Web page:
ICD-9-CM and ICD-10-CM: Some Differences and Similarities
CMS is stating they expect 10% of all claims submitted to be denied with ICD-10 initially. Selecting and assigning accurate diagnoses in the proper sequence must be performed in compliance with Medicare rules and regulations, Coding Conventions and Coding Guidelines. That remains the same.
The accuracy of this information contained in the clinical record is directly tied to payment and to justification for homecare services, so understanding how to select and assign accurate diagnoses is very important. This is the same but the specificity of the documentation becomes very very important. Increased specificity in data means more robust design of algorithms to predict outcomes and care by MACS, RACs, and Z-PICs.
ICD-10-CM presents an even greater challenge for documentation by the clinician. The word “documentation” is stated 72 times in the ICD-10-CM guidelines document. Querying for additional information is noted 23 times in the same document. The instructions and conventions of the classification take precedence over guidelines which requires a keen understanding of the conventions.
ICD-10 requirements have raised the documentation expectations. Have your clinicians had an overview of ICD-10-CM? Here are just some observations.
- Coding assignment will be based on the agency’s documentation of the relationship between the condition and the care that is planned.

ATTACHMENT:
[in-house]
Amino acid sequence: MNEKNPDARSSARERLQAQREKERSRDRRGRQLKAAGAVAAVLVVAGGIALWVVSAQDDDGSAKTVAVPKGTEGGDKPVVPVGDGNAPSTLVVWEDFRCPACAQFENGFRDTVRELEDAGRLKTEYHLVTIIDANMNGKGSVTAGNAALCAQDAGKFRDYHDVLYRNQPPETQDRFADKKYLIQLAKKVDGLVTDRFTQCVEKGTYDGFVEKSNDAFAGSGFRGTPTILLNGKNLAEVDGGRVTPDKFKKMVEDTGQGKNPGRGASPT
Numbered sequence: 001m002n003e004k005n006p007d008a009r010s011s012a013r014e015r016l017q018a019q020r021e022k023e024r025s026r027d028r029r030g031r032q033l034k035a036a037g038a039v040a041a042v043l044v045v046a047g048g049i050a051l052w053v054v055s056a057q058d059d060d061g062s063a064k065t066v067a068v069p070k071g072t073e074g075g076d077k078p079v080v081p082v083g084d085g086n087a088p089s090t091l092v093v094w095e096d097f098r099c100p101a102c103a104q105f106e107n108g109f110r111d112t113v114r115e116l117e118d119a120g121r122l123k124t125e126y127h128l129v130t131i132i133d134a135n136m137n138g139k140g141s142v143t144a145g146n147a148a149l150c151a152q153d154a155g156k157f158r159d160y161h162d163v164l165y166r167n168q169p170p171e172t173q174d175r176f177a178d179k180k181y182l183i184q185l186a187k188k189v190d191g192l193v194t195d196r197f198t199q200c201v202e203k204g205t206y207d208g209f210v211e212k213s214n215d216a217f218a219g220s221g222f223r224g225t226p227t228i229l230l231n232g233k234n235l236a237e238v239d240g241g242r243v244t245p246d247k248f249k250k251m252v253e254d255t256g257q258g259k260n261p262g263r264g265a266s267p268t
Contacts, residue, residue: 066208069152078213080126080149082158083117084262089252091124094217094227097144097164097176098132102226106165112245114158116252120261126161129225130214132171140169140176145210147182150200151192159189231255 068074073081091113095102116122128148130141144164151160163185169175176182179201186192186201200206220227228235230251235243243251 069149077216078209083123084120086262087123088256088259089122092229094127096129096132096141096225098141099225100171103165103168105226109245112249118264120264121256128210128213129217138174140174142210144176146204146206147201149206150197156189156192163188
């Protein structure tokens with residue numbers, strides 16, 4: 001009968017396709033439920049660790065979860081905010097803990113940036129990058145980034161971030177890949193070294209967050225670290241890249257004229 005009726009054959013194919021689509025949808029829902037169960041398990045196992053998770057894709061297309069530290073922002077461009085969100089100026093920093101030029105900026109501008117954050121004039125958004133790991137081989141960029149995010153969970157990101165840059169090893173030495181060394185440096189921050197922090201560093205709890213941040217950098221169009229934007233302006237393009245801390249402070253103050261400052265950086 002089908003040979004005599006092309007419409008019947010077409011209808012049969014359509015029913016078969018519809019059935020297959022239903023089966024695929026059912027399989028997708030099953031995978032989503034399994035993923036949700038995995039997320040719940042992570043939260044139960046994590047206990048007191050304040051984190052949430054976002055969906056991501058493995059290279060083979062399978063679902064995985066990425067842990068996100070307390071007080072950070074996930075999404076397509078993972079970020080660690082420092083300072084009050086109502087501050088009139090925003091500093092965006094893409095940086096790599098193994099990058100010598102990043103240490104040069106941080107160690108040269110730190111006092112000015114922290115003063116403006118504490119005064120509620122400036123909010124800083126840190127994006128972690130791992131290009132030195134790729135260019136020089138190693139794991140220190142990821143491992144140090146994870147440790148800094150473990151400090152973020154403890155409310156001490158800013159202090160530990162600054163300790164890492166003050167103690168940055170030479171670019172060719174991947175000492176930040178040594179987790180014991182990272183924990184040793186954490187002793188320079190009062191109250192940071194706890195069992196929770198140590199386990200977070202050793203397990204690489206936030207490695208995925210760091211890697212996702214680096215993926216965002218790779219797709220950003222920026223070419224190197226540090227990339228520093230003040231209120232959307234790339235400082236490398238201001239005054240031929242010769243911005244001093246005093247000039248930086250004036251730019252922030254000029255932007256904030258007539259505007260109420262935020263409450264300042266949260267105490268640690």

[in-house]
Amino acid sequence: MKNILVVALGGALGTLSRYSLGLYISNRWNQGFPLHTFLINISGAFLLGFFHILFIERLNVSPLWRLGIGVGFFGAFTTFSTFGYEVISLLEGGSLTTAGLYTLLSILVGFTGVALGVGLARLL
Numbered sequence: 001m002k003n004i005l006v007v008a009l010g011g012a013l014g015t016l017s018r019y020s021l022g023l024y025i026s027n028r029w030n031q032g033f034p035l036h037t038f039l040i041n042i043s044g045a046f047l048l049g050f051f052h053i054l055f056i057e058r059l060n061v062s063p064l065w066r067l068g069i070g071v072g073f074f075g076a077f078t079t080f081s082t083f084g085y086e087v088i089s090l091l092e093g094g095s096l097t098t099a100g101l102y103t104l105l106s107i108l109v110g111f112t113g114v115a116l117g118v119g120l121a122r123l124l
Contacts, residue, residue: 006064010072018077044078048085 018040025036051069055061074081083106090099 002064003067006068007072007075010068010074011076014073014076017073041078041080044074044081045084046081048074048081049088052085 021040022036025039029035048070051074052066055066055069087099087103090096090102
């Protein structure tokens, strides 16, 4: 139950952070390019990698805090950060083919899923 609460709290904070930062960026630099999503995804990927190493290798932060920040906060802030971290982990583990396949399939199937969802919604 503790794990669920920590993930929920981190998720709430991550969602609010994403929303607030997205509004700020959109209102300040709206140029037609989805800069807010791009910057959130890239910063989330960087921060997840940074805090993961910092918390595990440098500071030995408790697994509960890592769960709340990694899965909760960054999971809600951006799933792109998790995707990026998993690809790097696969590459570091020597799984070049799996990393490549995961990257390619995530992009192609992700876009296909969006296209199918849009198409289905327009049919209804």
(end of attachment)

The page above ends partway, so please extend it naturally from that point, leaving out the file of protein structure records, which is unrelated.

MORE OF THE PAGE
- Not all conditions that occur during or following surgery will be classified as complications
- A cause and effect relationship must be present between the care provided and the condition clearly delineated within the documentation
- Query for Clarification re documentation that supports codes assigned is expected
- There will be specific documentation needed for specific codes and without the documentation, the codes may not be used
- Code only those diagnoses that are relevant, unresolved, and impact the plan of care. Diagnoses that are resolved or have no impact on the plan of care should be excluded since they do not meet the criteria for a home health diagnosis
- Code only those diagnoses that are supported by the medical record including diagnoses supported by the plan of care and the comprehensive assessment.
- There are placeholders in ICD-10
- There is laterality
- There are sixth and seventh characters
- ICD-10 requires expertise in anatomy, physiology, diagnostics, and pharmacology
Agency clinicians are expected to understand the patient’s clinical status and overall medical condition very well before approving/assigning diagnoses, so the comprehensive assessment must be completed in its entirety prior to the diagnoses decision. All coders should be properly educated on ICD-10-CM including how to use coding manuals properly. 50 + hours are being identified as necessary for each coding specialist to be properly prepared for ICD-10.
Your agency’s integrity and financial health could well depend on your preparation for ICD-10. Selecting and assigning accurate diagnoses must be performed in compliance with Medicare rules and regulations, in addition to ICD-10-CM coding guidelines.
You have choices; either prepare VERY VERY well for ICD-10 or consider third party experts for coding and remove that burden and concern.
Consider joining Susan Carmichael for a general overview of ICD-10CM Coding on May 7, 2013. Check the Select Data website for more details.